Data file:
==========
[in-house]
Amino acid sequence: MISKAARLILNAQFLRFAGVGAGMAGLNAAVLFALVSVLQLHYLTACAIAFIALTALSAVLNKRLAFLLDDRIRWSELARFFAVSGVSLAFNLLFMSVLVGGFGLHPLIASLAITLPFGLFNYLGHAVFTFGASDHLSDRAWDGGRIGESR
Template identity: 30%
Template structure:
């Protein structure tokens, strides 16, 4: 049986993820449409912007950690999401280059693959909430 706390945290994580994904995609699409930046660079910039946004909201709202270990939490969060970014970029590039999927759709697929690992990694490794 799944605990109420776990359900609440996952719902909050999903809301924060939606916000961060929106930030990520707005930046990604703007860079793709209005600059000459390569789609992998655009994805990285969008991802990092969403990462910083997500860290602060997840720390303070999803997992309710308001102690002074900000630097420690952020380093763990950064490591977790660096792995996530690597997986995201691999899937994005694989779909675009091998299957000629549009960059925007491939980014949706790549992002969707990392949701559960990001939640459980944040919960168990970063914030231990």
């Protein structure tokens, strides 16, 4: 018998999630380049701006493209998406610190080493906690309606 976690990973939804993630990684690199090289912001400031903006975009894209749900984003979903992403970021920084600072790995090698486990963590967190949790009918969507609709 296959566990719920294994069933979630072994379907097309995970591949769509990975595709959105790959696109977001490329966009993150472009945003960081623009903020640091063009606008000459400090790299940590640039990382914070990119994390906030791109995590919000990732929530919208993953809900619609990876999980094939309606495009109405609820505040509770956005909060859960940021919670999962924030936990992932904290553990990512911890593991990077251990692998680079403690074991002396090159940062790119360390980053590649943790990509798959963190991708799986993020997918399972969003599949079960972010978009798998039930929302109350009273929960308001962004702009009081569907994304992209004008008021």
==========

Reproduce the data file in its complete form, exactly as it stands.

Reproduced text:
[in-house]
Amino acid sequence: MISKAARLILNAQFLRFAGVGAGMAGLNAAVLFALVSVLQLHYLTACAIAFIALTALSAVLNKRLAFLLDDRIRWSELARFFAVSGVSLAFNLLFMSVLVGGFGLHPLIASLAITLPFGLFNYLGHAVFTFGASDHLSDRAWDGGRIGESR
Template identity: 30%
Template structure:
């Protein structure tokens, strides 16, 4: 049986993820449409912007950690999401280059693959909430 706390945290994580994904995609699409930046660079910039946004909201709202270990939490969060970014970029590039999927759709697929690992990694490794 799944605990109420776990359900609440996952719902909050999903809301924060939606916000961060929106930030990520707005930046990604703007860079793709209005600059000459390569789609992998655009994805990285969008991802990092969403990462910083997500860290602060997840720390303070999803997992309710308001102690002074900000630097420690952020380093763990950064490591977790660096792995996530690597997986995201691999899937994005694989779909675009091998299957000629549009960059925007491939980014949706790549992002969707990392949701559960990001939640459980944040919960168990970063914030231990």
């Protein structure tokens, strides 16, 4: 018998999630380049701006493209998406610190080493906690309606 976690990973939804993630990684690199090289912001400031903006975009894209749900984003979903992403970021920084600072790995090698486990963590967190949790009918969507609709 296959566990719920294994069933979630072994379907097309995970591949769509990975595709959105790959696109977001490329966009993150472009945003960081623009903020640091063009606008000459400090790299940590640039990382914070990119994390906030791109995590919000990732929530919208993953809900619609990876999980094939309606495009109405609820505040509770956005909060859960940021919670999962924030936990992932904290553990990512911890593991990077251990692998680079403690074991002396090159940062790119360390980053590649943790990509798959963190991708799986993020997918399972969003599949079960972010978009798998039930929302109350009273929960308001962004702009009081569907994304992209004008008021």